Wednesday, April 20, 2011
Vacuum Vintage Fountain Pen
Among the fountain pens I found at the Annex flea market some weeks back is this snakeskin/diamond diagonal style pen simply identified as "Vacuum" on the barrel and nib. The cap and barrel are slightly different greens, with the cap a darker green and the barrel lighter and more iridescent. I seem to recall that they were separate in the case when I found them, and likely came from two different pens that looked enough alike to make up one complete set.
The pen itself is in decent condition: the nib still has a tip, the lever was working fine, and the pen just needed a new sac and some polishing (all done by 777PenRepair). The clip and band show heavy wear and brassing, but I find some wear on a pen a feature. I think about who used it before me, or how many owners it had before I came along.
The nib is in good condition, while the entire nib/feed area just seems quite long--it's actually longer than the section and adds a nice touch to the overall look of the pen.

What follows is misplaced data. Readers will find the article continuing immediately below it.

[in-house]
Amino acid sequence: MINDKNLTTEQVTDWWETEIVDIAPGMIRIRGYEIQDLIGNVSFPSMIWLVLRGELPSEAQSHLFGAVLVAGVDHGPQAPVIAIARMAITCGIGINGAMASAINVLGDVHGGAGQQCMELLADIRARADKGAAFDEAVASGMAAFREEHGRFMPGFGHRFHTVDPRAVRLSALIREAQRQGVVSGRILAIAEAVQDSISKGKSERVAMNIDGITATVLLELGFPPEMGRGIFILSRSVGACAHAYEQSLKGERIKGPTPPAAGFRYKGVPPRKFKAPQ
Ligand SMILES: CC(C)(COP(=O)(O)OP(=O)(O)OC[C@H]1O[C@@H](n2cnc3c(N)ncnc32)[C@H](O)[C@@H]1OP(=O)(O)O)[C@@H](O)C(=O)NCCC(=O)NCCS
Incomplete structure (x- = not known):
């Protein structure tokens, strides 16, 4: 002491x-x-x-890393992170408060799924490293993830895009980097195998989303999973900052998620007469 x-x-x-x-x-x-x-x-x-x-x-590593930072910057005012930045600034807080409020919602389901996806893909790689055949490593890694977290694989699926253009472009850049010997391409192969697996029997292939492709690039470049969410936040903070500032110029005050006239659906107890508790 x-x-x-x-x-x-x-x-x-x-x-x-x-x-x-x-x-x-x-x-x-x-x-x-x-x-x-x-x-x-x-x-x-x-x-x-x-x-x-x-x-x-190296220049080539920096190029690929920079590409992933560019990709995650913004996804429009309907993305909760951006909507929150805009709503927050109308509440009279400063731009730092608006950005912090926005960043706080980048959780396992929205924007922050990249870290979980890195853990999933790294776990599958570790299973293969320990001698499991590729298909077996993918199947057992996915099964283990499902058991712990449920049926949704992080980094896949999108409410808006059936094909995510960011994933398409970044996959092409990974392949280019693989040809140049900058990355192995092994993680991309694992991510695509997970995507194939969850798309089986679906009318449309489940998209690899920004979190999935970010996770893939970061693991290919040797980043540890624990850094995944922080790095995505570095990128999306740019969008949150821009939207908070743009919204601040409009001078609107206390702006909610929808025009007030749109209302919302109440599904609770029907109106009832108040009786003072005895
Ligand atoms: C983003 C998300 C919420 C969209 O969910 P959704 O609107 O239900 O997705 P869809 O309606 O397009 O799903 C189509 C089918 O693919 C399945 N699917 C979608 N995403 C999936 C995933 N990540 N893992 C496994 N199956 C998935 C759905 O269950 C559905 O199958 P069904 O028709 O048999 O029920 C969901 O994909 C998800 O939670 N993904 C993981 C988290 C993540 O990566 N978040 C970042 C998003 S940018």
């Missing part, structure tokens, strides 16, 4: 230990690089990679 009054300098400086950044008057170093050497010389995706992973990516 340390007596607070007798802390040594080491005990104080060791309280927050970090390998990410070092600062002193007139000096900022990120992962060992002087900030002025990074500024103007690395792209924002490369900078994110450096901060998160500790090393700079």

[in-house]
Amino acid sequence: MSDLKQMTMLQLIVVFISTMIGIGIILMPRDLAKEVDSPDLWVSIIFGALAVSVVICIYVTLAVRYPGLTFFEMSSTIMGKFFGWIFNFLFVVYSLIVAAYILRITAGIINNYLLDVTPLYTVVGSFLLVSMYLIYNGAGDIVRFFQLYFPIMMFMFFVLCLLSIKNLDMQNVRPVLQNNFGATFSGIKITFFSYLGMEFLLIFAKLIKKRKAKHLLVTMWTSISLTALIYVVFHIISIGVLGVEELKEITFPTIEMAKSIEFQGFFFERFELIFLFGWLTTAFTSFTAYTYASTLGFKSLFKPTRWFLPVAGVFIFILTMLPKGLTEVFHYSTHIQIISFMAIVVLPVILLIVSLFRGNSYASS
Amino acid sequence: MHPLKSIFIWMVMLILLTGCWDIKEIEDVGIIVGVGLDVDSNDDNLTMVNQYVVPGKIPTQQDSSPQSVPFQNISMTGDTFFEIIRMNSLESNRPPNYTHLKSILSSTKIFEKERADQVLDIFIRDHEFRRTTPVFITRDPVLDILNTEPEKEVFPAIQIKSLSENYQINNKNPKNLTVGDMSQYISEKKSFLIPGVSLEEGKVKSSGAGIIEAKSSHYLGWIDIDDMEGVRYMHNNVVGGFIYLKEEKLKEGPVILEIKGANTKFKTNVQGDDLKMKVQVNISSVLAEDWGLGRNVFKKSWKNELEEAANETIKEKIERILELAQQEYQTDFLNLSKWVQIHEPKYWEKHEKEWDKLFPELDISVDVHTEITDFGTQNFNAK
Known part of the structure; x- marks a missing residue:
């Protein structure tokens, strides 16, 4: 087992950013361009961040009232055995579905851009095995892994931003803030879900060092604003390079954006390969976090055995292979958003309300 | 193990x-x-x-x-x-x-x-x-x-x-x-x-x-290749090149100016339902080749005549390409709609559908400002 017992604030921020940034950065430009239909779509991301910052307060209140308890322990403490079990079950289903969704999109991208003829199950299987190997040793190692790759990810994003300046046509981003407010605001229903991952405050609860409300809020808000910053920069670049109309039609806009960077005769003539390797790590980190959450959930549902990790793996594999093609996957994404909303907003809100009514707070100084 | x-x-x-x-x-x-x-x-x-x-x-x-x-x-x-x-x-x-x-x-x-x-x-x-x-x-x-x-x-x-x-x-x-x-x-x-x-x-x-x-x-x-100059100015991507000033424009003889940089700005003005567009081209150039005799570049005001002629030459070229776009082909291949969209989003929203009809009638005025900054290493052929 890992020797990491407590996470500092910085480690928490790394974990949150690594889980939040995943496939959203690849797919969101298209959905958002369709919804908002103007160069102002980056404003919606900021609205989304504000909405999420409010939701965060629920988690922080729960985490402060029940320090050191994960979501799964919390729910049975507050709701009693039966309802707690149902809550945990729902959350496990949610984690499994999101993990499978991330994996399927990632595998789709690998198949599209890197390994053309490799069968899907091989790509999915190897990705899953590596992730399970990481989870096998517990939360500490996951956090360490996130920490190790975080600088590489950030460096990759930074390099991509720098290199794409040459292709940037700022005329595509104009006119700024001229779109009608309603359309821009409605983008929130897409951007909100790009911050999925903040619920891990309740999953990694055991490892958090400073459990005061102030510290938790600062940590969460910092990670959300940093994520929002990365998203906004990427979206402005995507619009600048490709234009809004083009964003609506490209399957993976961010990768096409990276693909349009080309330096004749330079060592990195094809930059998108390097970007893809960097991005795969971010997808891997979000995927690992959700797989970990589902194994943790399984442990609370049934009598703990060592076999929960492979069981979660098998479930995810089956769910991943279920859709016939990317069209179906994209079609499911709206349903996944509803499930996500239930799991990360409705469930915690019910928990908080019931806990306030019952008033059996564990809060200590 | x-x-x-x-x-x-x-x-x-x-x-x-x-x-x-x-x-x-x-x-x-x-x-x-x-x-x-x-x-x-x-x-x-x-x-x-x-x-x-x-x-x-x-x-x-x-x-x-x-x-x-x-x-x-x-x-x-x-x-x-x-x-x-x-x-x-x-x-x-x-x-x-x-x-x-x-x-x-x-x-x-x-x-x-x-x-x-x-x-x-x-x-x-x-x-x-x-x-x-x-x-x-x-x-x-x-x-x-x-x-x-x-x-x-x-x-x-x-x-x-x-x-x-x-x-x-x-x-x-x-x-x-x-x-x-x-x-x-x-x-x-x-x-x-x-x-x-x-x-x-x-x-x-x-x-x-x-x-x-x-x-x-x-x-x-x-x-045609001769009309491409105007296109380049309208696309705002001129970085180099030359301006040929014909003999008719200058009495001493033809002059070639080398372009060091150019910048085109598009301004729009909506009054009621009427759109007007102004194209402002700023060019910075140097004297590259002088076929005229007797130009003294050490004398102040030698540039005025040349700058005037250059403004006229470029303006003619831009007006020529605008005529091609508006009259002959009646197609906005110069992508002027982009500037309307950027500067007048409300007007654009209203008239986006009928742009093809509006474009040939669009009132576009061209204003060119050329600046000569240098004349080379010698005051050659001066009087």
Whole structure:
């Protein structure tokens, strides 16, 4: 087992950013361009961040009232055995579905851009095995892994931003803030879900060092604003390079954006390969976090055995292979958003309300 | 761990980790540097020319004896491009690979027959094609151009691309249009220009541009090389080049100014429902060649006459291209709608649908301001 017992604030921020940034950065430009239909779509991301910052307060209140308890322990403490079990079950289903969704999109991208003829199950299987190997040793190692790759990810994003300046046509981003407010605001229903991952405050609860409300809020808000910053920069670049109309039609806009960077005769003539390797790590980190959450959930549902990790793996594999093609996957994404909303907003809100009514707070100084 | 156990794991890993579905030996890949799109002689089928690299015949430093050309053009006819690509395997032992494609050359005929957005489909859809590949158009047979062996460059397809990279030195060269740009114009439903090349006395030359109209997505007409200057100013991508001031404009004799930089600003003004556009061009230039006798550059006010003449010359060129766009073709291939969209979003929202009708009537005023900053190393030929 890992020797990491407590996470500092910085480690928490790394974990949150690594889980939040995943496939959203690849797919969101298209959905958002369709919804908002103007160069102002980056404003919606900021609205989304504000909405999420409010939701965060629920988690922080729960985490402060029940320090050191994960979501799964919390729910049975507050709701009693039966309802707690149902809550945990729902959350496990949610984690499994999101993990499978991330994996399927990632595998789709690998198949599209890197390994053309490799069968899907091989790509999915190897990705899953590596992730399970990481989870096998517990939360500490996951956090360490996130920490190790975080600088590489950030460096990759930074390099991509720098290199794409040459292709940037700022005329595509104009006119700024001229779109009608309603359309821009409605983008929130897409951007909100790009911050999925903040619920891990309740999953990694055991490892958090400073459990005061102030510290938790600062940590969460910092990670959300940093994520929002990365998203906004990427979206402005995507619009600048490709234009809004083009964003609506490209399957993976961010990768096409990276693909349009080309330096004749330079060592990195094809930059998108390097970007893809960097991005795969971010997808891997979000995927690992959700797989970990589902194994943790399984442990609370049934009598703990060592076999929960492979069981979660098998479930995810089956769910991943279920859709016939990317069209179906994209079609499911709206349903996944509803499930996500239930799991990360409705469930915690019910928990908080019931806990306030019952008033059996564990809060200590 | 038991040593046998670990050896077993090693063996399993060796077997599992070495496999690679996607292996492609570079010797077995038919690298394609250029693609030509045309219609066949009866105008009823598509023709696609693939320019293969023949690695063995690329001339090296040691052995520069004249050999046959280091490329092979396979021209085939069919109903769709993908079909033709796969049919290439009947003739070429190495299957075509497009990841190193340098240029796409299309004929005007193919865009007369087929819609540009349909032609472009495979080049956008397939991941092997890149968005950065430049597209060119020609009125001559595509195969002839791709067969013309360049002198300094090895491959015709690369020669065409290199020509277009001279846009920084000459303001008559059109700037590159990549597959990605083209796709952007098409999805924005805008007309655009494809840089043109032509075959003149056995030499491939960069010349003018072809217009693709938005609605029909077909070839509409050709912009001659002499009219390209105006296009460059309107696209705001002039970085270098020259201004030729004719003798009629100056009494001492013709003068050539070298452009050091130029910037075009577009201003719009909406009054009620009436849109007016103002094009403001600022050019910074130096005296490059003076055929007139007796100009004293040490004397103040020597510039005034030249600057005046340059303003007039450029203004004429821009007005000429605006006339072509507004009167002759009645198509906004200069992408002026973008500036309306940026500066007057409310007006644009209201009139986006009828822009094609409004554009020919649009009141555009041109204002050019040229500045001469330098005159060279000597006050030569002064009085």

As for how well it writes, this is one flexy nib! It's very wet as well, and the line is somewhere around a medium to broad. I've filled it with Noodler's LE Boston Brahmin Black and like the way the pen and line look when I'm writing.
I haven't found anything on Vacuum fountain pens, not even old adverts. There were two I saw for sale on eBay and another auction site, but no information about the company. Likely this pen came out in the 1930s, when colorful celluloids added some cheer to a bleak and unrelentingly difficult decade. It's a great looking pen, even with the slight color difference between cap and barrel, and I'm hoping to find out more. In the meantime this Vacuum snakeskin gets a lot of second looks, quite rightly.
Update--Posted a query over at Fountain Pen Network asking if anyone could identify this pen and got this response:
Vacuum-Fil Sheaffer sub brand circa 1935. Looks like Sheaffer changed the name to WASP by 1936. I'm not sure how these are always imprinted but the pattern of yours was in use by late 1936.